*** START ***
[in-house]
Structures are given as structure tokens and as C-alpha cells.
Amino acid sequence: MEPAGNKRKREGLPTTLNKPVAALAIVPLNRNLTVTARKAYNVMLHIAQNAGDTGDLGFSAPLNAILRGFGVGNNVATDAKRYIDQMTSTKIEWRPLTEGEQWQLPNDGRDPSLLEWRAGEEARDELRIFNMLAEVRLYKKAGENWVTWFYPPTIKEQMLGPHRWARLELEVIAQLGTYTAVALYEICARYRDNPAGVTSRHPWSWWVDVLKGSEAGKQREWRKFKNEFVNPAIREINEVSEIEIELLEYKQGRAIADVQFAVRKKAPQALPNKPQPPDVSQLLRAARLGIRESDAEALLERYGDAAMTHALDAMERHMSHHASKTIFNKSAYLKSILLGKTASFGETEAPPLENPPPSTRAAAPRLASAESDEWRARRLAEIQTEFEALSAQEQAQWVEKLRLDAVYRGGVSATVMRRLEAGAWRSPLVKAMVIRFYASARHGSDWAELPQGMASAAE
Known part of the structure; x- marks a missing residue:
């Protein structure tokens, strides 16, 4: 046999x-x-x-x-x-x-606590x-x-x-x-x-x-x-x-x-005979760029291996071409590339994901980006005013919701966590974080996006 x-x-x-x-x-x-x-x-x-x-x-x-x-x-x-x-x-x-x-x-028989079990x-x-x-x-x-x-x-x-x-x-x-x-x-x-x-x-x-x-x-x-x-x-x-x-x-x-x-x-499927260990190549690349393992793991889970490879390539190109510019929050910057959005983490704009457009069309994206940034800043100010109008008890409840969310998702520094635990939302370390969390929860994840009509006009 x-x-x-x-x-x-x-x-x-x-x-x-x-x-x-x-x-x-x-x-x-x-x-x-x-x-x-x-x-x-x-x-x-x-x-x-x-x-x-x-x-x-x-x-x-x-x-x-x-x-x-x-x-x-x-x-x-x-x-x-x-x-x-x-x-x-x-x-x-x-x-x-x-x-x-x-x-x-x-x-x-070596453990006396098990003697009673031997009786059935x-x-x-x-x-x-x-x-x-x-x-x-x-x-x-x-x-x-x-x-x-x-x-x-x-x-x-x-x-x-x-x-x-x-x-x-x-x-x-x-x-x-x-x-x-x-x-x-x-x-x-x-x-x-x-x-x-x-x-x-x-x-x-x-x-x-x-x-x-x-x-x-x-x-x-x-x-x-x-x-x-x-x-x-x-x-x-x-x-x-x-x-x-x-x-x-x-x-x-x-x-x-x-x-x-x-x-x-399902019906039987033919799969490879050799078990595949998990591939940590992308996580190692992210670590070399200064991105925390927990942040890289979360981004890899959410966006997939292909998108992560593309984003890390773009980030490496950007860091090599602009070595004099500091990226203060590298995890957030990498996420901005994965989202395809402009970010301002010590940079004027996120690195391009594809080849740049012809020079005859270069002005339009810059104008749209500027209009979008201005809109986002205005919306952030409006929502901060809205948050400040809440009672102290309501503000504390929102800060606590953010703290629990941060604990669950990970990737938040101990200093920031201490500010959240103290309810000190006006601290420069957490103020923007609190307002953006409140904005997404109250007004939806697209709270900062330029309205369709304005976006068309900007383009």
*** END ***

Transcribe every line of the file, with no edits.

[in-house]
Structures are given as structure tokens and as C-alpha cells.
Amino acid sequence: MEPAGNKRKREGLPTTLNKPVAALAIVPLNRNLTVTARKAYNVMLHIAQNAGDTGDLGFSAPLNAILRGFGVGNNVATDAKRYIDQMTSTKIEWRPLTEGEQWQLPNDGRDPSLLEWRAGEEARDELRIFNMLAEVRLYKKAGENWVTWFYPPTIKEQMLGPHRWARLELEVIAQLGTYTAVALYEICARYRDNPAGVTSRHPWSWWVDVLKGSEAGKQREWRKFKNEFVNPAIREINEVSEIEIELLEYKQGRAIADVQFAVRKKAPQALPNKPQPPDVSQLLRAARLGIRESDAEALLERYGDAAMTHALDAMERHMSHHASKTIFNKSAYLKSILLGKTASFGETEAPPLENPPPSTRAAAPRLASAESDEWRARRLAEIQTEFEALSAQEQAQWVEKLRLDAVYRGGVSATVMRRLEAGAWRSPLVKAMVIRFYASARHGSDWAELPQGMASAAE
Known part of the structure; x- marks a missing residue:
């Protein structure tokens, strides 16, 4: 046999x-x-x-x-x-x-606590x-x-x-x-x-x-x-x-x-005979760029291996071409590339994901980006005013919701966590974080996006 x-x-x-x-x-x-x-x-x-x-x-x-x-x-x-x-x-x-x-x-028989079990x-x-x-x-x-x-x-x-x-x-x-x-x-x-x-x-x-x-x-x-x-x-x-x-x-x-x-x-499927260990190549690349393992793991889970490879390539190109510019929050910057959005983490704009457009069309994206940034800043100010109008008890409840969310998702520094635990939302370390969390929860994840009509006009 x-x-x-x-x-x-x-x-x-x-x-x-x-x-x-x-x-x-x-x-x-x-x-x-x-x-x-x-x-x-x-x-x-x-x-x-x-x-x-x-x-x-x-x-x-x-x-x-x-x-x-x-x-x-x-x-x-x-x-x-x-x-x-x-x-x-x-x-x-x-x-x-x-x-x-x-x-x-x-x-x-070596453990006396098990003697009673031997009786059935x-x-x-x-x-x-x-x-x-x-x-x-x-x-x-x-x-x-x-x-x-x-x-x-x-x-x-x-x-x-x-x-x-x-x-x-x-x-x-x-x-x-x-x-x-x-x-x-x-x-x-x-x-x-x-x-x-x-x-x-x-x-x-x-x-x-x-x-x-x-x-x-x-x-x-x-x-x-x-x-x-x-x-x-x-x-x-x-x-x-x-x-x-x-x-x-x-x-x-x-x-x-x-x-x-x-x-x-399902019906039987033919799969490879050799078990595949998990591939940590992308996580190692992210670590070399200064991105925390927990942040890289979360981004890899959410966006997939292909998108992560593309984003890390773009980030490496950007860091090599602009070595004099500091990226203060590298995890957030990498996420901005994965989202395809402009970010301002010590940079004027996120690195391009594809080849740049012809020079005859270069002005339009810059104008749209500027209009979008201005809109986002205005919306952030409006929502901060809205948050400040809440009672102290309501503000504390929102800060606590953010703290629990941060604990669950990970990737938040101990200093920031201490500010959240103290309810000190006006601290420069957490103020923007609190307002953006409140904005997404109250007004939806697209709270900062330029309205369709304005976006068309900007383009």